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Published September 11, 2013, 10:18 AM

Minnesota companies use referral bonuses as recruiting tool

Companies located in the sparsely populated corner of northwest Minnesota are investing more in what they hope will be an effective recruiting tool: their own employees.

By: John Hageman, Associated Press

Companies located in the sparsely populated corner of northwest Minnesota are investing more in what they hope will be an effective recruiting tool: their own employees.

Among them is Digi-Key Corp., the Thief River Falls-based electronic components distributor. There, current employees who recruit a new hire can receive a $500 bonus, said company President Mark Larson. Digi-Key started that program in the last couple of months, he said.

“We’re just saying, ‘How do we effectively recruit in a labor market that’s pretty tight?’” Larson said. “We definitely have to be positioned for additional growth, so that’s what this allows us.”

Digi-Key, which employs about 2,600 in Thief River Falls, could use an additional 100 to perhaps 150, Larson said. But because of competition from nearby employers and a housing shortage, they and other companies have been hard-pressed to find new workers.

Others that have had the referral program for some time recently increased the bonus. Polaris Industries, the all-terrain vehicle and snowmobile manufacturer in Roseau, Minn., boosted theirs from $500 to $600, said Brian Gunnell, the plant’s human resources manager. Marvin Windows and Doors in Warroad, Minn., has had the bonus since 1999, said human resources director Brad Knudson, but raised it from $125 to $400 in the last couple of months.

Gunnell said the bonuses are paid out once a regular employee, rather than a seasonal one, has stayed on for 90 days after being referred there. Marvin Windows also requires both employees stay on for 90 days before the bonus is given, Knudson said. Digi-Key requires the new recruit to stay on for six months.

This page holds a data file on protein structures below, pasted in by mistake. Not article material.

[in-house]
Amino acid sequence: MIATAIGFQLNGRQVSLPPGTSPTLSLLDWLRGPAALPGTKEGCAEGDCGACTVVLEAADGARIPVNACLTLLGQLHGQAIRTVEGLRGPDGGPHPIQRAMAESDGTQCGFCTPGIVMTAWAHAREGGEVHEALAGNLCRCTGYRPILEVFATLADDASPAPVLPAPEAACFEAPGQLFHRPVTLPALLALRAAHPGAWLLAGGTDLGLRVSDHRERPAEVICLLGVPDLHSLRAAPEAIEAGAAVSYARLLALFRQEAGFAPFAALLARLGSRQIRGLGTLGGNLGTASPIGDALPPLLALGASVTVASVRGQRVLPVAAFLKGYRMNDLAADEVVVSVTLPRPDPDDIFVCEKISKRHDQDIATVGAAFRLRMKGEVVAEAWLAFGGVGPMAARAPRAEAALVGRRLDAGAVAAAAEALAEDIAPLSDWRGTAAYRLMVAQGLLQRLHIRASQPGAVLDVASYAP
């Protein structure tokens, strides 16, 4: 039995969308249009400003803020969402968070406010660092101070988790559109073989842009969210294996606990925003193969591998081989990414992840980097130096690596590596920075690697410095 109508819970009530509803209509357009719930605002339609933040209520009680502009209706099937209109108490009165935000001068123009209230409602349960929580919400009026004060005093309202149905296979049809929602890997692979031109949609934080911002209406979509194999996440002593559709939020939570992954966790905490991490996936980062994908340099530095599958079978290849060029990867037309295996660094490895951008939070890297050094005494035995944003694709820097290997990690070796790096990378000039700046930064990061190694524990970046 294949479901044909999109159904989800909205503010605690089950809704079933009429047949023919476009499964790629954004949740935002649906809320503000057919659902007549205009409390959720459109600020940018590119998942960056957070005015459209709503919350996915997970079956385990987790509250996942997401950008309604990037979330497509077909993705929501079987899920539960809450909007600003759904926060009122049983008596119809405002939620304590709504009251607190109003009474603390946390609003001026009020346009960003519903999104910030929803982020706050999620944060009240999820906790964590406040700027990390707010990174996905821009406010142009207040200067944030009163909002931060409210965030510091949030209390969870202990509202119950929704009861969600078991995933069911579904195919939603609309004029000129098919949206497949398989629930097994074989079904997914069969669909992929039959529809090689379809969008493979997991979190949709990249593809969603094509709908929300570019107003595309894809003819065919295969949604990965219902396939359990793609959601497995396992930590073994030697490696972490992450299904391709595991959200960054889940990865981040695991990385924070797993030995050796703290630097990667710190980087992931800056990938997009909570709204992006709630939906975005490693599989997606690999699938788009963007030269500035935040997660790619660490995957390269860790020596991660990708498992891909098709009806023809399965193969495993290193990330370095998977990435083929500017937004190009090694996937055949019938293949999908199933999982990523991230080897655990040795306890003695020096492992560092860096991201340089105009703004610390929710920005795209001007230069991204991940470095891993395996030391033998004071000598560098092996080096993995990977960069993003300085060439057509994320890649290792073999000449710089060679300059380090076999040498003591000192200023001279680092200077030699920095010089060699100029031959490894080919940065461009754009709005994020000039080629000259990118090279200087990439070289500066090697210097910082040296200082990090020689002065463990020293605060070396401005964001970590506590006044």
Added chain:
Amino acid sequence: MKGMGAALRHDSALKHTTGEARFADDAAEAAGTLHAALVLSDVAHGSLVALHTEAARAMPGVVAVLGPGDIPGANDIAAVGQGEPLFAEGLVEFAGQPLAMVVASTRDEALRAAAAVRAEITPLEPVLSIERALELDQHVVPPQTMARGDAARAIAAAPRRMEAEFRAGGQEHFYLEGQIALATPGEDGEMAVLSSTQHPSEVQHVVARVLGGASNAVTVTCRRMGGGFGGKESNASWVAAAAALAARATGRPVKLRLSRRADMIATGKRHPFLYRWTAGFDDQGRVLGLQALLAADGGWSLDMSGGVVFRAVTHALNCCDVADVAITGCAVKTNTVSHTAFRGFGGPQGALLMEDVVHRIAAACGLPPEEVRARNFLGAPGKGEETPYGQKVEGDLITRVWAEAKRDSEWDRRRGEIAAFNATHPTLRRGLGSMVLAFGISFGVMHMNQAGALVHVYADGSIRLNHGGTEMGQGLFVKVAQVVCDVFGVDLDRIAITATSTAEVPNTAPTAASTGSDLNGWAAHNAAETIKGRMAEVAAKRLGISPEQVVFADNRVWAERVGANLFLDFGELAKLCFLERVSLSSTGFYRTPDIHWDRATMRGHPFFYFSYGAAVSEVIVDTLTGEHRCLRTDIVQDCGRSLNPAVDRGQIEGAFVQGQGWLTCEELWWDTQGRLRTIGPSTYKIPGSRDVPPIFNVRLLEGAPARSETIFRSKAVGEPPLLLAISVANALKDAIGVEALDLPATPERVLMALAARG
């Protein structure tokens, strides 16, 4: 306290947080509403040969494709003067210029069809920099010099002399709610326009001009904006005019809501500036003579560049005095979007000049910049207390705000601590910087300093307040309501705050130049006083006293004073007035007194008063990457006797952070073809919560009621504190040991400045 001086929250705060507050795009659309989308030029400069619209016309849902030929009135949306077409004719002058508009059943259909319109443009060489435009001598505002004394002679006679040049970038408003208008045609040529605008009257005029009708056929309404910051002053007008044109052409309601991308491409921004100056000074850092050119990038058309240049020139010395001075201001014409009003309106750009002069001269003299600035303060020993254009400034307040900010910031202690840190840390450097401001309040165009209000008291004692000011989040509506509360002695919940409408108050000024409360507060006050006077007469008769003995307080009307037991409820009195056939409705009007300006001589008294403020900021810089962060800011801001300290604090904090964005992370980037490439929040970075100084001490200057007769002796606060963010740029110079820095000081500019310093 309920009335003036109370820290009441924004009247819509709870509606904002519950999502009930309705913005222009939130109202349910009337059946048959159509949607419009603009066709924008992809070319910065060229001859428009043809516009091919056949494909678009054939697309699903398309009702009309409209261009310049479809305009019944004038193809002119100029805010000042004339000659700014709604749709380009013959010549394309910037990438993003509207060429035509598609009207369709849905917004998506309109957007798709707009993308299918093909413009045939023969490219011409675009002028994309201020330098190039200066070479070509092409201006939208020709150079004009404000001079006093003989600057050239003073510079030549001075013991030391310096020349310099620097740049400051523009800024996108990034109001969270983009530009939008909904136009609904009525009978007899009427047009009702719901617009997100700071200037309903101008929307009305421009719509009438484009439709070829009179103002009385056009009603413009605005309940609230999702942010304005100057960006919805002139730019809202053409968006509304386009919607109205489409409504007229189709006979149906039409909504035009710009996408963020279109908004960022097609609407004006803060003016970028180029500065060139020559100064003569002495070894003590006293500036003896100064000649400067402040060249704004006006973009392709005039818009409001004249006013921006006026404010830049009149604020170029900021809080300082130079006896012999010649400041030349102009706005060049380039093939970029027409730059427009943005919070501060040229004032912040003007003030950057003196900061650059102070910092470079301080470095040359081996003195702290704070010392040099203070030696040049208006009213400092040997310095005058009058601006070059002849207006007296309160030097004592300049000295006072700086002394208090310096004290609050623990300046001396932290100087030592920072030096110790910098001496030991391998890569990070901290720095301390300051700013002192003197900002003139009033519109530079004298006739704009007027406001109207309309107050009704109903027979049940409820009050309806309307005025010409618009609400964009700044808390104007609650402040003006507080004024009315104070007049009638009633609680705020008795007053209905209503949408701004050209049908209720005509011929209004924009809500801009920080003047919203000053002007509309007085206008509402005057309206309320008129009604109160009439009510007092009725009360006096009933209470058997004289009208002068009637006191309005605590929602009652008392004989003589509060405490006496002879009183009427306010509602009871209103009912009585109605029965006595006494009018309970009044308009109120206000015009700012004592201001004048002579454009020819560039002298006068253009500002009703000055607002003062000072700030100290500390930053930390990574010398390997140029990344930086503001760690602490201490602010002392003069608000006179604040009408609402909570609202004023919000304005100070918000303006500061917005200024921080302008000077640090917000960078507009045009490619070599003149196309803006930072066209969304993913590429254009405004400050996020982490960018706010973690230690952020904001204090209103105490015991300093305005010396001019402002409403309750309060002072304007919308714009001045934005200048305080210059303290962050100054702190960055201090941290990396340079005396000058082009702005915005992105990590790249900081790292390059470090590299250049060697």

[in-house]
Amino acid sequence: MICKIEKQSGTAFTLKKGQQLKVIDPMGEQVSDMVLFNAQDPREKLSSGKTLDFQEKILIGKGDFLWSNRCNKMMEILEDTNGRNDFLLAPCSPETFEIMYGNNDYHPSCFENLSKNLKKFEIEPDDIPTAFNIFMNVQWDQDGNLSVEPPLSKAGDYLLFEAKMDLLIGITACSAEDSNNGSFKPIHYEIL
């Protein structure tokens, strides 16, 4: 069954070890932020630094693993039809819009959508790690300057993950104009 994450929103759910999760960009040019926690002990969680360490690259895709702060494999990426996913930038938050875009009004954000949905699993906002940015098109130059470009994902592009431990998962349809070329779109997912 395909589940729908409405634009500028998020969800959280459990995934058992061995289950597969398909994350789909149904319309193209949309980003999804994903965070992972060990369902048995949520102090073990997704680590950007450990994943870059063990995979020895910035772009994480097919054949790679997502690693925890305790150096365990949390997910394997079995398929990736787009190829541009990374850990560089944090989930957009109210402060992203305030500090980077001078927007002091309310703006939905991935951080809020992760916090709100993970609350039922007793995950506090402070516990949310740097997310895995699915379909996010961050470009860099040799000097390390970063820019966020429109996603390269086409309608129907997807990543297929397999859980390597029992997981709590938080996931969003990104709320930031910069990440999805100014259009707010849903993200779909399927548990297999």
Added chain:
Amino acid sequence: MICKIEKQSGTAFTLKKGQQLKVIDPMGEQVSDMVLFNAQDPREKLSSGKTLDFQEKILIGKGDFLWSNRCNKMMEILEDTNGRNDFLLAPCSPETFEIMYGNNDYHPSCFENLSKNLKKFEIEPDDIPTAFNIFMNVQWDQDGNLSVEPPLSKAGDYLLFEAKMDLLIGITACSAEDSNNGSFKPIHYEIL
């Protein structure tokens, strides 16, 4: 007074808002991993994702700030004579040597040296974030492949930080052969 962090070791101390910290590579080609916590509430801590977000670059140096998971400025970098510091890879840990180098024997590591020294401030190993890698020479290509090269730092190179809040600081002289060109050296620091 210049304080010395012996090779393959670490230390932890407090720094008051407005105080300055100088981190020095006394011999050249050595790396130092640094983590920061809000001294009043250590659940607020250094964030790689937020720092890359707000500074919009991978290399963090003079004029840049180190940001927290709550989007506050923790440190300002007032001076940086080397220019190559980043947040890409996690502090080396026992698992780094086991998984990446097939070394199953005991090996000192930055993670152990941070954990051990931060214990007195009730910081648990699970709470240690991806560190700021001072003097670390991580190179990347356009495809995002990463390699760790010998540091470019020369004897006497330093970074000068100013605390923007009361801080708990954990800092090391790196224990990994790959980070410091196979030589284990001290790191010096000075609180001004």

Gunnell said Polaris still advertises for positions through traditional media like the local newspaper.

“But the way we look at it is … employee referrals are our best source of applicants,” Gunnell said. “So when you look at where can you spend your money to get the most return — advertising campaigns and all those different things — we thought it makes sense to invest a little bit more in the area that is bringing us in the most applicants.”

Other incentives

Gunnell said he wasn’t sure if the recent increase in the referral bonus has helped bring in more applicants. Likewise, Larson said it’s too early to tell whether it has worked for Digi-Key, and acknowledged some people may apply there whether or not they were referred by a current employee.

But the bonuses are another way companies hope to recruit new employees in less than ideal conditions. Digi-Key, for example, expanded its busing service to bring employees from Grand Forks in August. And about a month ago, Marvin Windows introduced a $400 new hire bonus and a $500 relocation bonus for those who move from more than 50 miles away, Knudson said. Digi-Key uses a similar relocation bonus to lure new applicants.

Knudson said the referral bonus increase has already had an effect at Marvin Windows, where they could “easily use 75 to 100 more people right now.”

“We’ve already seen an uptick in the number of referrals coming in from this program,” Knudson said. “I would say it’s definitely one of the main ways for recruiting, to have our employees talking to relatives, friends, people even outside of the area maybe looking for employment … which is why we increased it from $125 to $400, to help incent them even more to kind of get the word out.”

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